As mentioned in the little history lesson above, Microsoft did not invent the windowed operating system, but of course, neither did Apple. What Microsoft did that made it the most common OS in the world today was to make it useable on all sorts of hardware. Apple, on the other hand, wanted to control the quality of the user experience, so it tailored the hardware to “just work” with the software (except for the cloning experiments of the mid to late 1990s, which is still too painful for some of us to go into).
Whatever the reason, you will deal with Windows 95 percent of the time you sell a digital system. It is important to understand the implementations and limitations you will experience.
Like other OSs, Windows can either be used as a full version, or as an embedded version (as in some mobile devices). Either way, it will provide the user a comfortable, familiar experience most of the time. Depending on the developer of the DVR software, it could also provide an easy interface for programming.
Keep this in mind: as explained earlier, any digital system based on Windows is susceptible to the same problems as any PC running Windows. If this system has a connection to the Internet, steps must be taken to protect and isolate it from the outside.
These devices must also be patched on a regular basis, according to Microsoft’s schedule of bug fix releases. This, however, brings up another problem. The DVR or network video recorder (NVR) software on the box was developed for a certain version of Windows at a certain period of time, with certain patches available. Caution must be taken when patching a client’s DVR, as some patches and fixes could break the proprietary software. Contact the device manufacturer before you attempt to patch or upgrade any digital video hardware.
Crossing Over to Linux™
So, the industry has issues with using Windows, Macs don’t have enough market share to justify committing resources to, and costs need to be reduced. Where do we turn? Along came Linux™. Linux-based devices are becoming more and more prevalent and are leading the charge for low-cost digital systems. Linux is another OS like Windows, OSX, etc. It is generally more difficult to configure and use if you are going to be using it from scratch, but for embedded digital devices, it is darn close to perfect.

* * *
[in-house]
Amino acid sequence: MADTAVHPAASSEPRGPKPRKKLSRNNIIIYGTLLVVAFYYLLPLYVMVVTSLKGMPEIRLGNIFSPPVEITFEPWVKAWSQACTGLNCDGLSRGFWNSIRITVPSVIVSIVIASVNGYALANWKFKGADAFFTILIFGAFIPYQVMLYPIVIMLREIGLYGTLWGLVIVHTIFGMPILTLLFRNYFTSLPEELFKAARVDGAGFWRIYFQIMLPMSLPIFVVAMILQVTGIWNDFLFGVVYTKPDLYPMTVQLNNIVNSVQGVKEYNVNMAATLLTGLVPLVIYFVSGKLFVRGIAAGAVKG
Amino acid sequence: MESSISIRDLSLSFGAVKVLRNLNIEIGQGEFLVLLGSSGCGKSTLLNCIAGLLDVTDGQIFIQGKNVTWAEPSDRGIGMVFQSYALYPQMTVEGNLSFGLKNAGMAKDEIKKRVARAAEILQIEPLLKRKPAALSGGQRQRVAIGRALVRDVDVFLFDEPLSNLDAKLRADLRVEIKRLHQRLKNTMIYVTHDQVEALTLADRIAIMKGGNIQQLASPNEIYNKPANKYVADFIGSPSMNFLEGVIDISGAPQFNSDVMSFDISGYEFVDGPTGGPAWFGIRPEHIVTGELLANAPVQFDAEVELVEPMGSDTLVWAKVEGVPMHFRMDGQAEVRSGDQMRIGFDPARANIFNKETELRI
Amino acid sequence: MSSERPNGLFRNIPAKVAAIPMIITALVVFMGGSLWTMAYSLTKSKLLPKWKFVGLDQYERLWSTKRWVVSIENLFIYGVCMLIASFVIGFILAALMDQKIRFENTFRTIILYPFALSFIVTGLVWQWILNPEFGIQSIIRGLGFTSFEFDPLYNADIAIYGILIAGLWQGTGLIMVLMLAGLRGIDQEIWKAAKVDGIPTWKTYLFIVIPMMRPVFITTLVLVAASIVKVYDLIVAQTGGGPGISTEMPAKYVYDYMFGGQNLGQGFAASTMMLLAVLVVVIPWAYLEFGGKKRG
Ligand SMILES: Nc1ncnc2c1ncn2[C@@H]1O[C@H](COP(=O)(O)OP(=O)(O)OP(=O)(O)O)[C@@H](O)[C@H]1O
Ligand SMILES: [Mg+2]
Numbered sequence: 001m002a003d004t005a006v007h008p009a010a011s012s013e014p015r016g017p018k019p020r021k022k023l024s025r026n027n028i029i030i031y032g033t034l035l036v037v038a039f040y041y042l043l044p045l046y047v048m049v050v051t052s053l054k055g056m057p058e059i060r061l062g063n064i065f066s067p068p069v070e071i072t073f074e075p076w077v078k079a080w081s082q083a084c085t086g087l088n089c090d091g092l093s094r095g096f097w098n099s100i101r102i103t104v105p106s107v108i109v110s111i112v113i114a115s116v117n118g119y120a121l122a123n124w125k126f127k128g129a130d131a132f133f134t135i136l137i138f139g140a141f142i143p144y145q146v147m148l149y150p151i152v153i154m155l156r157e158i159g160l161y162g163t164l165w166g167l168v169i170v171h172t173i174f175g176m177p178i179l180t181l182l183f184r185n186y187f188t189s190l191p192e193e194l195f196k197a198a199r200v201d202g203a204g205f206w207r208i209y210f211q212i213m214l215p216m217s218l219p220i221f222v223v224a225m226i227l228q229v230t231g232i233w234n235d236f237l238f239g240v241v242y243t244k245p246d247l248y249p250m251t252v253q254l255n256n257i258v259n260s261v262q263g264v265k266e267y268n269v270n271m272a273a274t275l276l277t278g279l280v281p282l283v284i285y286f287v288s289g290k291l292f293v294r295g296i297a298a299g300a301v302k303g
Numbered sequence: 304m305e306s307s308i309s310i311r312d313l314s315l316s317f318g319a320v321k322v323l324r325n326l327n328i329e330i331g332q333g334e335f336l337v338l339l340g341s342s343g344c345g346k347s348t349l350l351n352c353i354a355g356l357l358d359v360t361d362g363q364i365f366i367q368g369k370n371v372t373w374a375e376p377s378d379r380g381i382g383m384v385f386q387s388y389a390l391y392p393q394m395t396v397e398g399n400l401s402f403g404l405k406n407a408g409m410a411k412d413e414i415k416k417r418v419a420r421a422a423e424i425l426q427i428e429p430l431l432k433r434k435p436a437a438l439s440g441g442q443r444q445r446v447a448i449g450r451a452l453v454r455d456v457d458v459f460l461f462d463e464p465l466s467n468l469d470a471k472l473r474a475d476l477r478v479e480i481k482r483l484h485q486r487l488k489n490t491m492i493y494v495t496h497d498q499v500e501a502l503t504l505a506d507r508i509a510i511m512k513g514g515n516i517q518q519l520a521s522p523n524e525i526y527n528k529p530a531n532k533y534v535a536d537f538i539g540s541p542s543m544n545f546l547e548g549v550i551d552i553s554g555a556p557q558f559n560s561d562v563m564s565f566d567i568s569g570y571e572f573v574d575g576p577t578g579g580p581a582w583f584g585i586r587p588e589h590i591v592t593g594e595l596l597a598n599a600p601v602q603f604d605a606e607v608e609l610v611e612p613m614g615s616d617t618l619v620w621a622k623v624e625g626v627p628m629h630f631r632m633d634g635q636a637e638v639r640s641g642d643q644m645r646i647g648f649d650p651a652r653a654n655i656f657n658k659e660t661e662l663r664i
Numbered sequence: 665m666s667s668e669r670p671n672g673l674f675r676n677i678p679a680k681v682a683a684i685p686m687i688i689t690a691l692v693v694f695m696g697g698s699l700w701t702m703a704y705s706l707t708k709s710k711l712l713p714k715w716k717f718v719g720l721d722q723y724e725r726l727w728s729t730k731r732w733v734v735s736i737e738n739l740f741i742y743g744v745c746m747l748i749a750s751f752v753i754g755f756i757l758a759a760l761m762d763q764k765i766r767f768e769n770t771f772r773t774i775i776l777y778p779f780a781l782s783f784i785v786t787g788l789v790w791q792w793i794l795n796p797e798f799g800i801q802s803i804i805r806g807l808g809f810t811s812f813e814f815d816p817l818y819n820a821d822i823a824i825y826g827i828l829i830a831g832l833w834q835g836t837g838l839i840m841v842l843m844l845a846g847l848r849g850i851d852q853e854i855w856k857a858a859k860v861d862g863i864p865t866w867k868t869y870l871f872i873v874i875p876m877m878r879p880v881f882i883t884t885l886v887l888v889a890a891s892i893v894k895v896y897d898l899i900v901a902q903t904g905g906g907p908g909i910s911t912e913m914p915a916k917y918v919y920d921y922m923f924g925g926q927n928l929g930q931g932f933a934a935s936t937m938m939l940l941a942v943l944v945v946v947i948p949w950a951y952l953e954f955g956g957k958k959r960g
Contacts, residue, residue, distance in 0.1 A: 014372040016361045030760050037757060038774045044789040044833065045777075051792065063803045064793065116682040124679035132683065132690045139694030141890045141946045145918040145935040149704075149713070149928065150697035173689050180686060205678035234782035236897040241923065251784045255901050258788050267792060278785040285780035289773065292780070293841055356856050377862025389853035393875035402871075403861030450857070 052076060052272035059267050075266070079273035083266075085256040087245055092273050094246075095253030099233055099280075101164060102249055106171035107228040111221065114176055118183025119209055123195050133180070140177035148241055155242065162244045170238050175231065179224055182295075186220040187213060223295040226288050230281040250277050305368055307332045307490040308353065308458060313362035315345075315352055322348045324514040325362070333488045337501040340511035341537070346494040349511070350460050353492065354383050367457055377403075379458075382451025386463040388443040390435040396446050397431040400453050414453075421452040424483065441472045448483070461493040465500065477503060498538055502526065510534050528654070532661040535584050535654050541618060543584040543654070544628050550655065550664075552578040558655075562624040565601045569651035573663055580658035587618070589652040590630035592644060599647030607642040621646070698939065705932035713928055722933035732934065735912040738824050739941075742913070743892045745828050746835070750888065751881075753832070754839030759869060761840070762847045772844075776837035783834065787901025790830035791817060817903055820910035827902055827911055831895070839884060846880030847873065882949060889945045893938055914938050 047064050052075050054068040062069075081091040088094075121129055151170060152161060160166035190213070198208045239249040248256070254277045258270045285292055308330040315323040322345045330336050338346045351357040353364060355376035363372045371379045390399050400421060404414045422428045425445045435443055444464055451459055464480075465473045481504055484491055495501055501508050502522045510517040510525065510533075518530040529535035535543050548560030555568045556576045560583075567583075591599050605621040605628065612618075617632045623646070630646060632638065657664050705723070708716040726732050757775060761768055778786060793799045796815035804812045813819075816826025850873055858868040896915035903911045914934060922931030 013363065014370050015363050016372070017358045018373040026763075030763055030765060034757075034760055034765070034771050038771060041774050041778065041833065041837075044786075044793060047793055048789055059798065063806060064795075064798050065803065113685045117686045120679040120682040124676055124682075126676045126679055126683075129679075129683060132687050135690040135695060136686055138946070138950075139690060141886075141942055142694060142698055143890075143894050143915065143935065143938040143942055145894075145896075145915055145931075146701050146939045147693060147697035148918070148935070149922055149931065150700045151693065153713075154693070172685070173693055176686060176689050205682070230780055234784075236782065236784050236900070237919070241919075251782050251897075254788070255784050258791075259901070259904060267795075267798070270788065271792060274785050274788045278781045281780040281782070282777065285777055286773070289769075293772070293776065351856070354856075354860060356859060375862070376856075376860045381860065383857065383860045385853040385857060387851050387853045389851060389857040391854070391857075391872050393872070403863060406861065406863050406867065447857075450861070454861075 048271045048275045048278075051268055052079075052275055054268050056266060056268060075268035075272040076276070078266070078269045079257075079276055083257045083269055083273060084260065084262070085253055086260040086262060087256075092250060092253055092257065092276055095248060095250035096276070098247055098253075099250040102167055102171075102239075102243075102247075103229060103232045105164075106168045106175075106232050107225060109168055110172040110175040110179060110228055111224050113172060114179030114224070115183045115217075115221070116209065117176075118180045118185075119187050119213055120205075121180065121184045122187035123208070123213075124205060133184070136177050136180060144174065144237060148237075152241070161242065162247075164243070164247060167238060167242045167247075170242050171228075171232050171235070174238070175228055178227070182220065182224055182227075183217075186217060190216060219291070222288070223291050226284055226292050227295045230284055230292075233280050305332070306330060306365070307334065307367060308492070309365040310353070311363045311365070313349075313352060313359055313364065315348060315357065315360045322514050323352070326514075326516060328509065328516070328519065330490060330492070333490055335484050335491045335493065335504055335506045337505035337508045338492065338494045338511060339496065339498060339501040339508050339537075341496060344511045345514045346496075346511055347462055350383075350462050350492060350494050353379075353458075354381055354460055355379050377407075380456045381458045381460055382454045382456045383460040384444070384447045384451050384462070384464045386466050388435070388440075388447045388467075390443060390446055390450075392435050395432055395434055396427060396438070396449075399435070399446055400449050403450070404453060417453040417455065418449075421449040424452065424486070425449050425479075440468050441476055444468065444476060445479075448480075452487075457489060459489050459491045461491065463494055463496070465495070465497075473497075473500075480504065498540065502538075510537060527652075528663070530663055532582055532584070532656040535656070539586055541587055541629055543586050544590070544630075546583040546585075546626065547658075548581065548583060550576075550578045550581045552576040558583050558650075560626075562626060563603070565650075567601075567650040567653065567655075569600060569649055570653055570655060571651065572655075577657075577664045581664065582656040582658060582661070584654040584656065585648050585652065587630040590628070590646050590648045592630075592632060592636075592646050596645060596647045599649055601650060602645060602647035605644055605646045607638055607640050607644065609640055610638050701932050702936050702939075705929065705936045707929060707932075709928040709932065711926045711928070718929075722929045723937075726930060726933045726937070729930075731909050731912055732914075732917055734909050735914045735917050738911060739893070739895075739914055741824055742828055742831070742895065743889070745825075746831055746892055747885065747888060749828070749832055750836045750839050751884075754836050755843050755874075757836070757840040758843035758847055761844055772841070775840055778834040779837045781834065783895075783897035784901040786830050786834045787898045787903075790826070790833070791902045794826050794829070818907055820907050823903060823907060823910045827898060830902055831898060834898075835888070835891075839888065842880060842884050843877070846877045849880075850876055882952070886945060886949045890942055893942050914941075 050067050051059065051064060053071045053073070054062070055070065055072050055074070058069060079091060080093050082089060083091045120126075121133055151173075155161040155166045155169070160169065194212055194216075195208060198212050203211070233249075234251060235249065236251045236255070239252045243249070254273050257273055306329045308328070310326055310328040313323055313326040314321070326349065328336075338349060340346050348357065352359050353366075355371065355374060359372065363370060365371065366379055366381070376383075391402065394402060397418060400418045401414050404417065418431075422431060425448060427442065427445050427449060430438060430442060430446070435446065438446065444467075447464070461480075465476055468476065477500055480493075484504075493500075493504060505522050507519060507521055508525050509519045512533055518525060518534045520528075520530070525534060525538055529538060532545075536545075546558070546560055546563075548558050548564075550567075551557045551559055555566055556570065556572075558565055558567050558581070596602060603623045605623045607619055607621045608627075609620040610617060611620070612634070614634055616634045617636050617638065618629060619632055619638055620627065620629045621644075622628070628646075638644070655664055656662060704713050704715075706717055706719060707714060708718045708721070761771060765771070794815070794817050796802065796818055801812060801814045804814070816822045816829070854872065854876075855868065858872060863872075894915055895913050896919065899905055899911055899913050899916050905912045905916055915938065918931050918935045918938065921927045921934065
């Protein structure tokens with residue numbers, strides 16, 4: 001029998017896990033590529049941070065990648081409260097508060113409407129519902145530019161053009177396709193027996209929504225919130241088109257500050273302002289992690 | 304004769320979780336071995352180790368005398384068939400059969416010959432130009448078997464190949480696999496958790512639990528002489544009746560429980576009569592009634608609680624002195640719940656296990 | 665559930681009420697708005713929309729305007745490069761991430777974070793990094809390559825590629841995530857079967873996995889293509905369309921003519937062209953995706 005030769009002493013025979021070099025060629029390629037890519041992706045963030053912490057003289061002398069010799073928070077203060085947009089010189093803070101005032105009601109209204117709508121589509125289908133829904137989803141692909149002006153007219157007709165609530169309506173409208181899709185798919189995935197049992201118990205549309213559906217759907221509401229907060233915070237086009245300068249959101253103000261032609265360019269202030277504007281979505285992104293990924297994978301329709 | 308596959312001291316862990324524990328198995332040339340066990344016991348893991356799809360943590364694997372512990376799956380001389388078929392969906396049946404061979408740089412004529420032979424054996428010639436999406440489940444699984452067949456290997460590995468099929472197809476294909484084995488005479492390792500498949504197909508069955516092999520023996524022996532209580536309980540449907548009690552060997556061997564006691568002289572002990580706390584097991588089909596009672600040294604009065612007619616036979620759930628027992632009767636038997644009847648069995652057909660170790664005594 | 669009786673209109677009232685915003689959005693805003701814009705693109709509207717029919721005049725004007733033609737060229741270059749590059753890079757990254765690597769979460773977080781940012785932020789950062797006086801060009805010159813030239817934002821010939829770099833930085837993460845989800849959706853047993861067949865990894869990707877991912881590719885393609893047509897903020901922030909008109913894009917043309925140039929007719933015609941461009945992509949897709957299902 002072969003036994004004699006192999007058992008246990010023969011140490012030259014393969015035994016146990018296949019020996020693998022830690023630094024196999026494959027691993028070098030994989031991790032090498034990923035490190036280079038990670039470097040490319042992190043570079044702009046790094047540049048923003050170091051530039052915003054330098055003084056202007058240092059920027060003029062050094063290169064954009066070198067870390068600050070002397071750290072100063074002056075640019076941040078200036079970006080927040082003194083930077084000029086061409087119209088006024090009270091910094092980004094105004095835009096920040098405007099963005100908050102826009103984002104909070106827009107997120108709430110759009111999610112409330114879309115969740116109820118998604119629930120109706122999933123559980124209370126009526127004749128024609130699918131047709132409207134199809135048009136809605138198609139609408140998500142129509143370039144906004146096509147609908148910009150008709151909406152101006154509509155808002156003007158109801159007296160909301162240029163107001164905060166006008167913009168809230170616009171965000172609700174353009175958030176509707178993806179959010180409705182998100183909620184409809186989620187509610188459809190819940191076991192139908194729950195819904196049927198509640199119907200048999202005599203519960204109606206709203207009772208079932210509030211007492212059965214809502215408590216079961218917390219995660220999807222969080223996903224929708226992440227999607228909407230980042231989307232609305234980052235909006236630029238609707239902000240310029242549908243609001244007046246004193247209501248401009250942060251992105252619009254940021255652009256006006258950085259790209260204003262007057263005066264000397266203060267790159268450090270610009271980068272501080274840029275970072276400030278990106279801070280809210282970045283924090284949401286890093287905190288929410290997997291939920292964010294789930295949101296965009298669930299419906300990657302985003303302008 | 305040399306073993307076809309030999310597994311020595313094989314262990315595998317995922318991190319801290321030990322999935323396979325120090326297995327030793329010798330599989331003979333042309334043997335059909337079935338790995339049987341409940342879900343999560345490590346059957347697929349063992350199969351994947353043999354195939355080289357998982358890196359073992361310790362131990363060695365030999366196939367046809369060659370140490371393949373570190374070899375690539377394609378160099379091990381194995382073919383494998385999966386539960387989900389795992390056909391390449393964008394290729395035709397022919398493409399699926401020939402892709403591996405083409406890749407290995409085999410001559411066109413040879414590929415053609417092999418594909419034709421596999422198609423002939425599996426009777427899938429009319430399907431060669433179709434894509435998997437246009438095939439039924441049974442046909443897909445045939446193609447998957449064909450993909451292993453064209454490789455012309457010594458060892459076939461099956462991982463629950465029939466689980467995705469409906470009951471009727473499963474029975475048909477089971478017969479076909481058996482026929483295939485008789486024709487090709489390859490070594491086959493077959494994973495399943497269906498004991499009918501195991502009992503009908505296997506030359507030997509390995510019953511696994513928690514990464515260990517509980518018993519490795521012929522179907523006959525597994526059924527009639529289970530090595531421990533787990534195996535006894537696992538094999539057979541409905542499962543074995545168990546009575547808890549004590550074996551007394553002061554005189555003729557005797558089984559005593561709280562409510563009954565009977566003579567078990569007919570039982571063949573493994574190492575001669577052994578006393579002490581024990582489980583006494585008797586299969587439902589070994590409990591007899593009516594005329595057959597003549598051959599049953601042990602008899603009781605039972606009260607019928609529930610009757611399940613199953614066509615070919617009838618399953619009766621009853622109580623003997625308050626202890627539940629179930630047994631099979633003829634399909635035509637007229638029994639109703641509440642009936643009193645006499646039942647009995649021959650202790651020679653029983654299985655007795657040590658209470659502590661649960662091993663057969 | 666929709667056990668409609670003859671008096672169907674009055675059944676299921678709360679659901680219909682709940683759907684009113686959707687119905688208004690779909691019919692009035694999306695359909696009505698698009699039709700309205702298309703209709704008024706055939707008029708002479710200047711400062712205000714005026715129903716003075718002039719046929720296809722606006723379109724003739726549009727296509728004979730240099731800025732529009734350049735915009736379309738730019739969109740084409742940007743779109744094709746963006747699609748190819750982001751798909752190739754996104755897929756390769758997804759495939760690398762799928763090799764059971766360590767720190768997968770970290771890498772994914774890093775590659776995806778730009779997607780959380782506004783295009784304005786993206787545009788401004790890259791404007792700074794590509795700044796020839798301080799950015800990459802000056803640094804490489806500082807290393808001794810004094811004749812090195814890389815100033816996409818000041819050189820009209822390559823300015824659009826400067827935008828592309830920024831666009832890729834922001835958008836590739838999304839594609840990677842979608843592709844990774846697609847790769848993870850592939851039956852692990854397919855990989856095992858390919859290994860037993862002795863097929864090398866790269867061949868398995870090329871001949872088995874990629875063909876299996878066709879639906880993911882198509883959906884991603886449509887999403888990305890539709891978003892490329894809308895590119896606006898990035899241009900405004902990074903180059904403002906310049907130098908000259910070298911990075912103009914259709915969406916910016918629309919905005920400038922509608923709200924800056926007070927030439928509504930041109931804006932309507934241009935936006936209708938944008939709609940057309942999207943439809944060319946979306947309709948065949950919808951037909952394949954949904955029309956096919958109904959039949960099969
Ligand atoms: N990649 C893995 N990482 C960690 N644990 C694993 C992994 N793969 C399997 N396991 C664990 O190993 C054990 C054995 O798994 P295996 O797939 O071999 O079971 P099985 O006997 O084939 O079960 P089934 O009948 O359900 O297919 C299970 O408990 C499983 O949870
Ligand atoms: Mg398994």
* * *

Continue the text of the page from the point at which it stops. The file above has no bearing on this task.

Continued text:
One big benefit to Linux is its modular nature. It is based on the Unix operating system, which has been around for many, many years. The developers of Linux took the core, or kernel, of Unix and created a new OS around it. This led to many different “flavors,” or distributions of Linux. You may have heard names like Mandriva, Red Hat, Knoppix, etc. These are all based on that same kernel, but offer customized versions of Linux that fit exactly what you need.
The biggest benefit of Linux (in my opinion) that DVR manufacturers zeroed in on is the fact that it’s free. Using what is called the open source model, Linux developers freely distribute their creations on the Internet. What more could a manufacturer hope for? Here’s a fully customi
zable OS, and by the way, did we mention it’s free?
A very large percentage of the offshore, import DVR market is based on Linux. It is relatively simple for a manufacturer to pick out just the parts of Linux that are relevant to their product, and leave out anything else that just takes up space or CPU power. We will continue to see an increase in Linux-based devices for some time to come.
Ultimate Responsibility Is Yours
No matter what OS is on your device, it is up to you as the integrator to provide a safe, clean environment for it to operate. You need to know how vulnerable your system is to attack, viruses, etc., and plan your network protection accordingly.
As far as ease of use, most manufacturers will hide the OS from the users, instead just presenting you with their own software. It is up to you, though to have a working knowledge of all these systems in case you need to dig deeper for troubleshooting and repair. As always, knowledge is power.